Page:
Bio-industry dropout: UVA alum Jack Kilby eyes career as jazz musician

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After spending time under the tutelage of local music legends, Jack Kilby is making his own name on the jazz scene. He performs at Fellini’s #9 on Friday. Photo: Michael Kilby After spending time under the tutelage of local music legends, Jack Kilby is making his own name on the jazz scene. He performs at Fellini’s #9 on Friday. Photo: Michael Kilby

Jack Kilby wanted to go to music school. His parents weren’t so into the idea. He settled on UVA, earned a degree in biology and scored a job as a lab technician right out of school.

The career trajectory was in line with Kilby’s parents’ wishes. But there was a note of discord: Kilby had never given up his musical ambitions. He’d taken a few music classes at UVA, played in the university’s jazz ensemble and jammed with local legends over his four college years. He figured after spending a couple years gigging around C’ville and saving money, he could fulfill his dream of going to music school.

He figured right. Kilby graduated from the Aaron Copland School of Music at Queens College in late May. And on June 12, he’ll play a gig at Fellini’s #9 that figures to pay homage to his formative years in this musically rich town.

Joining Kilby onstage will be John D’earth, one of the influential local legends who guided him through what he calls his education at “Miller’s University,” a reference to the Downtown Mall live music hot spot.

“Being able to listen to and sit in with John and his band, notably drummer Devonne Harris, were some of the best ‘lessons’ I had down there,” Kilby says.

Rounding out the septet at Fellini’s will be locals Charles Owens on tenor saxophone, Bob Hallahan on piano and Randall Pharr on bass, as well as two of Kilby’s fellow Copland School grads, John Crompton on alto sax and Elad Cohen on trombone.

The band, formerly billed as Jack Kilby and the Nextet, will take the stage as Jack Kilby and the Front Line, which he said is really just a proxy for when he’s joined by three horn players across the front of the stage.

Why, you might ask yourself, does a percussionist get to be the front man in a band this diverse? Calling Kilby a percussionist is to sell him short. Kilby is proficient with a number of instruments, most notably the trumpet, and spent his time at music school doing more than just banging on stuff. When the band takes the stage, they’ll play primarily his arrangements and compositions.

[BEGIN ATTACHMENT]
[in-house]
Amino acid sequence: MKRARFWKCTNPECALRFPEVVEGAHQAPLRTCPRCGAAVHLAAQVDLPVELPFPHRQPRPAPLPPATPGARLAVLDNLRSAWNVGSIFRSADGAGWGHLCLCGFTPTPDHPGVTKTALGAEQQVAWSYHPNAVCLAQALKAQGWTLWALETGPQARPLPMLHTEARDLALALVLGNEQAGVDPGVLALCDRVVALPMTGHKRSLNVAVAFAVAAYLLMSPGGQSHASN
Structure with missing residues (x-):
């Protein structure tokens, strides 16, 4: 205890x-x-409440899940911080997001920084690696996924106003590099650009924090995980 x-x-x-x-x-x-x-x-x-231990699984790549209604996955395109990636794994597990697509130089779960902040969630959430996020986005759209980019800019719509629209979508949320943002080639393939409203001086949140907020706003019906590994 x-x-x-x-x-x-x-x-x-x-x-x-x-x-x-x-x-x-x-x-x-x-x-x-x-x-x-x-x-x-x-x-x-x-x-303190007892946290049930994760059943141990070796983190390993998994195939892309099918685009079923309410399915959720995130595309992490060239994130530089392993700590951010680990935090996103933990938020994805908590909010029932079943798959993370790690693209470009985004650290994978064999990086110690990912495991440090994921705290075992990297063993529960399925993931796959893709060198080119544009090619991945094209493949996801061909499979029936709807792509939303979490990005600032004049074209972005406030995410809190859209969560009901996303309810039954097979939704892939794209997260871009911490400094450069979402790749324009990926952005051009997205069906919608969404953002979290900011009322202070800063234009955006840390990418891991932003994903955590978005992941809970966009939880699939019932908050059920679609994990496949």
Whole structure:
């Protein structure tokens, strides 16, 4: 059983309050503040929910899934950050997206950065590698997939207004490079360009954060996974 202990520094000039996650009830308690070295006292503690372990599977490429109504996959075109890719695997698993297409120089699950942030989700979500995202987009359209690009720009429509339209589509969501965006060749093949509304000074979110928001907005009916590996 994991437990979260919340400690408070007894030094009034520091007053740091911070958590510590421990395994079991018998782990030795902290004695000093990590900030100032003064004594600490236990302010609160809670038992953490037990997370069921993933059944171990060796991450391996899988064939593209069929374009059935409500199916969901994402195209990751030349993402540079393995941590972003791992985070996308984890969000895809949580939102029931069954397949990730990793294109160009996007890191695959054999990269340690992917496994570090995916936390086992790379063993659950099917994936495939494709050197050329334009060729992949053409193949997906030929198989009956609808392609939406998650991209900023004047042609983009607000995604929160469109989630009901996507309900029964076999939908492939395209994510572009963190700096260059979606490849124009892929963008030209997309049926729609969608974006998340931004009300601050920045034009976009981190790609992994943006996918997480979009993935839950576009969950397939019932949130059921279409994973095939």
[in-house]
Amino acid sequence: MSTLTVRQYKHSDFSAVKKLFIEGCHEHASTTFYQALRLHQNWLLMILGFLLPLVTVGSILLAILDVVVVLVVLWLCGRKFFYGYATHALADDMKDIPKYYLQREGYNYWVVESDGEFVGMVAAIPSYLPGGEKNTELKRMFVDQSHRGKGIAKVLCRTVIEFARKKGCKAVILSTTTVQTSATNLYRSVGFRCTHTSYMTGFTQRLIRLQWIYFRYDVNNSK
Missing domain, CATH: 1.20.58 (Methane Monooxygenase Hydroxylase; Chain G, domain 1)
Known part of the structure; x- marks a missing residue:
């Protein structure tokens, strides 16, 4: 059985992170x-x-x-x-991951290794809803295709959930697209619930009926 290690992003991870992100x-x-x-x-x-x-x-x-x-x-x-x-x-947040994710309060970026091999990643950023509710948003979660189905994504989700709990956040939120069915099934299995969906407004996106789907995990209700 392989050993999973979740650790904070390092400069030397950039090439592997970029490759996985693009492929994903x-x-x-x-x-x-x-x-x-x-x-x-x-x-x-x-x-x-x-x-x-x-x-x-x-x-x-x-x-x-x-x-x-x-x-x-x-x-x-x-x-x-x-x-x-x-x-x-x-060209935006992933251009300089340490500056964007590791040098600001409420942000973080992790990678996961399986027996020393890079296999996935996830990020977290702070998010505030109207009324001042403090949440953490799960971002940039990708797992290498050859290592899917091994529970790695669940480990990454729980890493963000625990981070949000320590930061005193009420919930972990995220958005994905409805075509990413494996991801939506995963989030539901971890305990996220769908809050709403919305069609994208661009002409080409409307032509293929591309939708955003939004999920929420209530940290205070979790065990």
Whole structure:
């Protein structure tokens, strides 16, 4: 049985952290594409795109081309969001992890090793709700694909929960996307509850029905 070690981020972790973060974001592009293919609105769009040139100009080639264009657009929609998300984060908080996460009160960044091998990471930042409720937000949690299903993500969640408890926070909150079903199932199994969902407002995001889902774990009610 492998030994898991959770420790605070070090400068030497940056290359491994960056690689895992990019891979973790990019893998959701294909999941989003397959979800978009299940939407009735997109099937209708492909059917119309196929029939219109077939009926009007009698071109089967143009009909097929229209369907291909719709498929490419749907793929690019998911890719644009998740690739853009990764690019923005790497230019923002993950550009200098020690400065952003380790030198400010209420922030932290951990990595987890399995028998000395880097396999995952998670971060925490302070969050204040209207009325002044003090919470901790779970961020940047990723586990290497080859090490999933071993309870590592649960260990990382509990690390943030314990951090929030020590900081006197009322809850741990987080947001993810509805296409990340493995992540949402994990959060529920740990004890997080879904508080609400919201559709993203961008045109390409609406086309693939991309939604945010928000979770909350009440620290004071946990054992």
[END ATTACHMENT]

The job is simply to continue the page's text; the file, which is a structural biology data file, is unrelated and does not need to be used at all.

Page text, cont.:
“There is an extent to which I could teach myself whatever I wanted behind a drum set,” Kilby says. “But I wanted to study harmony, arranging, ear training. I just needed a little more guidance.”

Kilby studied at the Copland School under Michael Mossman, who he calls “one of the most prolific arrangers for big band” in the world. His favorite drum teacher was Dennis Mackrel, who was the last drummer to play for the Count Basie Orchestra, the seminal big band founded by the jazz master of the same name in 1935.

Indeed, Kilby had been given a record by his high school music teacher that featured Mackrel on the skins long before he had the opportunity to meet and learn from the man himself.

Kilby, 26, has a tough road ahead. He’ll need to work hard and catch a break here or there to get on a tour, play some studio sessions, find work as an instructor and do all the other things required to cobble together an existence as a professional jazz musician.

“I admit I used to be a little cocky because I was more well-listened than the average UVA music student, but not more proficient on my instrument,” he says. “I hadn’t committed myself to putting in the time…It feels like I just graduated from kindergarten with how much I feel I still have to learn about music.”

Kilby points to his trials by fire in Miller’s, C’ville Coffee, Early Mountain Vineyards and Michael’s Bistro—not to mention an opportunity to open for Aaron Neville at the Paramount—as critical to his music career. He says the lessons he took with UVA’s Robert Jospé were “one of my greatest influences and experiences.” He tells the story of a night at Miller’s when Johnny Gilmore died, and the community came together to morn.

And of course, there is the influence of D’earth and the talented people with whom the local trumpet icon always surrounds himself.

“Always playing with musicians better and more experienced than myself was huge, made me step my game up,” Kilby says. “John liked interactive, energetic drummers. He’d often call for duo trumpet and drums in the middle of a tune on the bandstand.”

Kilby says he would ask himself, “What am I going to do to inspire this guy who has been playing longer than I’ve been alive?”

With two more years of experience and a music degree under his belt, it’ll be interesting to see how Kilby answers that question. D’earth, at least, has confidence.

“What a thrill, to see somebody go from a student to a guy who any great musician would call in to play with them,” he says. “He is so loving of and serious about the music. You deal with so many students who are kids and trying to grow up. He hit me from the very beginning as a man.”

Who is your favorite local jazz player? Tell us in the comments.